Economists speak on budget review
Economists have cautioned Ministry of Finance and Economic Affairs to tread carefully on revising the proposed K3.7 trillion 2023/24 National Budget in the wake of the devastation caused by Tropical Cyclone Freddy.
The economists expressed their views in separate interviews with Business News after Minister of Finance and Economic Affairs Sosten Gwengwe, in his budget winding up statement in Parliament on Tuesday, announced that the budget had been revised downwards from K3.872 trillion to K3.789 trillion.
Tropical Cyclone Freddy has destroyed infrastructure such as roads
The minister said the revision was in anticipation of changes in macroeconomic assumptions underpinning the budget following the impacts of the cyclone which has put under threat macroeconomic variables and their targets
But Malawi University of Business and Applied Science associate professor of economics Betchani Tchereni said it was ironic that at a time when the country has to reconstruct, government has trimmed the budget yet the expectation was an increase.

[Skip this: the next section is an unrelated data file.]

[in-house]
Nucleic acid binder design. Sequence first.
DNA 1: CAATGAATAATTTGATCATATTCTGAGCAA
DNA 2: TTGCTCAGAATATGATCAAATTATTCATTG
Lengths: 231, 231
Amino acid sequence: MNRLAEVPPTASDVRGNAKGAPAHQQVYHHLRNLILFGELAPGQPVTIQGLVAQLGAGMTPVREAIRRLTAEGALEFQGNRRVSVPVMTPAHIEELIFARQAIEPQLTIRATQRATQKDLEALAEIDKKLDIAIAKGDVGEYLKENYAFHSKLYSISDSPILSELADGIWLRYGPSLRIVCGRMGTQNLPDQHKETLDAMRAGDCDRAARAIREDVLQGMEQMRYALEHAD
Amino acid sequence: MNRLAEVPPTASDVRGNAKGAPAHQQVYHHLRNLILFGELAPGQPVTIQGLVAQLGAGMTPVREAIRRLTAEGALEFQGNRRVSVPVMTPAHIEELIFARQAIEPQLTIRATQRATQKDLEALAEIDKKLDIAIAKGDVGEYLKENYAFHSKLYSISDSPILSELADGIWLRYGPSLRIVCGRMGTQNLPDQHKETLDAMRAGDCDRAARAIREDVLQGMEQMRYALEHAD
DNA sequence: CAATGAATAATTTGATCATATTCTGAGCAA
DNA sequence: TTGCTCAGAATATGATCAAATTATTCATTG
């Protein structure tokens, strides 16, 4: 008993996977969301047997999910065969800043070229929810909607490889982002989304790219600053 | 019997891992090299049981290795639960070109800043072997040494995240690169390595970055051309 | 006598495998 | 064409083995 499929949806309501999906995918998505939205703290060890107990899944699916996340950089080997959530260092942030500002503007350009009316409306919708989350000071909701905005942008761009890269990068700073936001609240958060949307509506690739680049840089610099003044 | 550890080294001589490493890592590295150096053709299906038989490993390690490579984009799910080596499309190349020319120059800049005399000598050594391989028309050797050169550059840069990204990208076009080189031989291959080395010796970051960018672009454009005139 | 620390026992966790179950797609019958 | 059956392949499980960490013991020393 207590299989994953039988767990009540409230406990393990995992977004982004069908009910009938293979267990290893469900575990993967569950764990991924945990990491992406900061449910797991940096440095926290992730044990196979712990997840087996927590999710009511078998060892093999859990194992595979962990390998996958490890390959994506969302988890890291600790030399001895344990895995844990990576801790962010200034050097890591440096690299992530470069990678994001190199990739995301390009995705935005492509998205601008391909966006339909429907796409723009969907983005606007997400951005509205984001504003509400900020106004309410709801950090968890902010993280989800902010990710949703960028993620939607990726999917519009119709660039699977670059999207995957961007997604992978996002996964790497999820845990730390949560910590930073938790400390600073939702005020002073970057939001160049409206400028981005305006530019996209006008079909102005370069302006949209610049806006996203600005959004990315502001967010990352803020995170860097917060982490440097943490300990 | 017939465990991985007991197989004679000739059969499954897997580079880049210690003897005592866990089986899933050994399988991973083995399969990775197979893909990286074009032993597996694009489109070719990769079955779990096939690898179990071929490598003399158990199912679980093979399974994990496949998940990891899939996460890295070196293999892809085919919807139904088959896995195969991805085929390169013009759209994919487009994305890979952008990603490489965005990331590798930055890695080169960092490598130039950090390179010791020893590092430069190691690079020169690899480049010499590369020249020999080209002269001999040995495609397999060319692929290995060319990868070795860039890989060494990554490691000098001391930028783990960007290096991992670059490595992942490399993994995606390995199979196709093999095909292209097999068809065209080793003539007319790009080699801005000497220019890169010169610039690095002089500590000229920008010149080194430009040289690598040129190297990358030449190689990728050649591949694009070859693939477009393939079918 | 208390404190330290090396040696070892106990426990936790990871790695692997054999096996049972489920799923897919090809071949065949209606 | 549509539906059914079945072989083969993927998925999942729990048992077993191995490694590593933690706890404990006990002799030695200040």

He said: “But I do understand that the reasoning of the minister is that we cannot be increasing at a time when we should actually be thinking about a cutting down on a deficit.
“We are at situation that when we increase expenditure, we have to borrow more.”
Tchereni said to reconstruct, government needs to trigger economic activity.
On his part, economist Edward Chilima said the fiscal year 2023/24 will be a tough period characterised by high inflation rate, slow gross domestic product (GDP) growth and high public expenses.
He said: “I see acceptance of reality on the ground. The cyclone requires huge sums of resources and this will certainly derail some planned progress.”
Speaking separately, economist Bond Mtembezeka said it is not so much about revising the budget downwards, but the resource re-allocation and optimisation.
“The cyclone has had a devastating effect indeed but i am confident that revenues will not drop very significantly and also considering that we are receiving assistance from bilateral and multilateral partners,” he said.
Last week, Reserve Bank of Malawi painted a gloomy picture on the economic prospects for the country due to the impact of Tropical Cyclone Freddy.
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